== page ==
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The Lust for Blood: Why We Are Fascinated by Death, Murder, Horror, and Violence

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If you’re like most Americans, you’ll find yourself slowing down on the highway near the scene of an accident, hoping to catch a glimpse of the mayhem. You probably also secretly enjoy the fistfights that break out at hockey games or hearing about the lurid details revealed during sensational murder trials. And it’s no secret that horror fiction, macabre slasher movies, an If you’re like most Americans, you’ll find yourself slowing down on the highway near the scene of an accident, hoping to catch a glimpse of the mayhem. You probably also secretly enjoy the fistfights that break out at hockey games or hearing about the lurid details revealed during sensational murder trials. And it’s no secret that horror fiction, macabre slasher movies, and brutal video games are solid moneymakers. How do we explain the lurid fascination that most people experience when confronted by real or simulated acts of violence, murder, horror, and crime? This is the subject examined in this candid assessment of our dark vicarious thrills. Based on a series of interviews with perpetrators, victims, and "consumers" of violence, including several celebrities, the author of a best-selling book on serial killers explores what there is about this subject that draws such a wide audience. Unlike many other books that attempt to probe the murky psyches of deviant individuals, this book focuses on normal, average people who, despite themselves, enjoy getting close to the most forbidden, perverse side of destruction and evil. The persons interviewed range from homicide detectives and emergency room personnel to a heavyweight boxer and groupies of serial killers on death row. The author considers ideas from a variety of theories and research to explain our responses to violence, raises questions about the shifting line between normal and abnormal, evaluates the confusion and ambivalence that many people feel when witnessing others’ suffering, and suggests future trends in society’s attitudes toward violence.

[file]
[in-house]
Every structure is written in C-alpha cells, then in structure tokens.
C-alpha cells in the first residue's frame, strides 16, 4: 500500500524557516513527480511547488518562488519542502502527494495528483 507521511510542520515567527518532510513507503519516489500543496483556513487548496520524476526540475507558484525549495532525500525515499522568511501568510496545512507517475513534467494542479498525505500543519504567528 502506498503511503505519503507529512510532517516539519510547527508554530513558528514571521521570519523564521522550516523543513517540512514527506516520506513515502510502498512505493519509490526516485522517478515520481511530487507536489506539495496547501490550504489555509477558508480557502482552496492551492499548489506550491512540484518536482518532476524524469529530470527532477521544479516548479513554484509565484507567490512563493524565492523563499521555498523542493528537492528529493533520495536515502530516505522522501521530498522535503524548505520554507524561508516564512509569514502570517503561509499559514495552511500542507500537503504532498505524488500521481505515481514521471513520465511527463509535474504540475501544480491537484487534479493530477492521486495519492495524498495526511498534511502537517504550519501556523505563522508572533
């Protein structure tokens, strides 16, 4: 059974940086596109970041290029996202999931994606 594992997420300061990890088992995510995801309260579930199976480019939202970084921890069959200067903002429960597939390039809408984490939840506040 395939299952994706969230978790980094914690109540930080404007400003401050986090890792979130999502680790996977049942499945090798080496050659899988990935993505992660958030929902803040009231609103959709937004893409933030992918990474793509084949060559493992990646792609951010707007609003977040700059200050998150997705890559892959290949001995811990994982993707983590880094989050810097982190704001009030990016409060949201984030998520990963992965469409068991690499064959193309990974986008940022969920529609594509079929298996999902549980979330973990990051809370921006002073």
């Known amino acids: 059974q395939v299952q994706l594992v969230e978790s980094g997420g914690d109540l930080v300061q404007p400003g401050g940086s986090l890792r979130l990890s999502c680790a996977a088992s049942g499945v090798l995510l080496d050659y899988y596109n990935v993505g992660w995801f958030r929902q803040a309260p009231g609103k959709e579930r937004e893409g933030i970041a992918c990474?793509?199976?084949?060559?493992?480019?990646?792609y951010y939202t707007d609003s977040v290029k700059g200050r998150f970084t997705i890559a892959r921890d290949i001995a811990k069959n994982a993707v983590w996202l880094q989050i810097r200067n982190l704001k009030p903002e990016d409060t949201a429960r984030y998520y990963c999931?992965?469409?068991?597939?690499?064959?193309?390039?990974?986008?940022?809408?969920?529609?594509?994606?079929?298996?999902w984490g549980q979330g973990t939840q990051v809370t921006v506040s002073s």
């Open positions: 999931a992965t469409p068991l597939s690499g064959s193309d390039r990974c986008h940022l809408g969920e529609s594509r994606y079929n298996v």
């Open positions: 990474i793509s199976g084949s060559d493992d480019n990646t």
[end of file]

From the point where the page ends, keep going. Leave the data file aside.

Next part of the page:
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If you’re like most Americans, you’ll find yourself slowing down on the highway near the scene of an accident, hoping to catch a glimpse of the mayhem. You probably also secretly enjoy the fistfights that break out at hockey games or hearing about the lurid details revealed during sensational murder trials. And it’s no secret that horror fiction, macabre slasher movies, an If you’re like most Americans, you’ll find yourself slowing down on the highway near the scene of an accident, hoping to catch a glimpse of the mayhem. You probably also secretly enjoy the fistfights that break out at hockey games or hearing about the lurid details revealed during sensational murder trials. And it’s no secret that horror fiction, macabre slasher movies, and brutal video games are solid moneymakers. How do we explain the lurid fascination that most people experience when confronted by real or simulated acts of violence, murder, horror, and crime? This is the subject examined in this candid assessment of our dark vicarious thrills. Based on a series of interviews with perpetrators, victims, and "consumers" of violence, including several celebrities, the author of a best-selling book on serial killers explores what there is about this subject that draws such a wide audience. Unlike many other books that attempt to probe the murky psyches of deviant individuals, this book focuses on normal, average people who, despite themselves, enjoy getting close to the most forbidden, perverse side of destruction and evil. The persons interviewed range from homicide detectives and emergency room personnel to a heavyweight boxer and groupies of serial killers on death row. The author considers ideas from a variety of theories and research to explain our responses to violence, raises questions about the shifting line between normal and abnormal, evaluates the confusion and ambivalence that many people feel when witnessing others’ suffering, and suggests future trends in society’s attitudes toward violence.

30 review for The Lust for Blood: Why We Are Fascinated by Death, Murder, Horror, and Violence

  1. 4 out of 5

    Caitlin

    While there is some interesting information in this book, it's also littered with factual errors and honestly I'm left feeling a bit concerned that the author is supposedly a psychologist given some of the things he thinks it's perfectly normal for people to fantasize about. It was also repetitive and poorly written in general and the author gets a bit off topic at some points. Overall, not worth the time wasted to read it. While there is some interesting information in this book, it's also littered with factual errors and honestly I'm left feeling a bit concerned that the author is supposedly a psychologist given some of the things he thinks it's perfectly normal for people to fantasize about. It was also repetitive and poorly written in general and the author gets a bit off topic at some points. Overall, not worth the time wasted to read it.

  2. 5 out of 5

    Fishface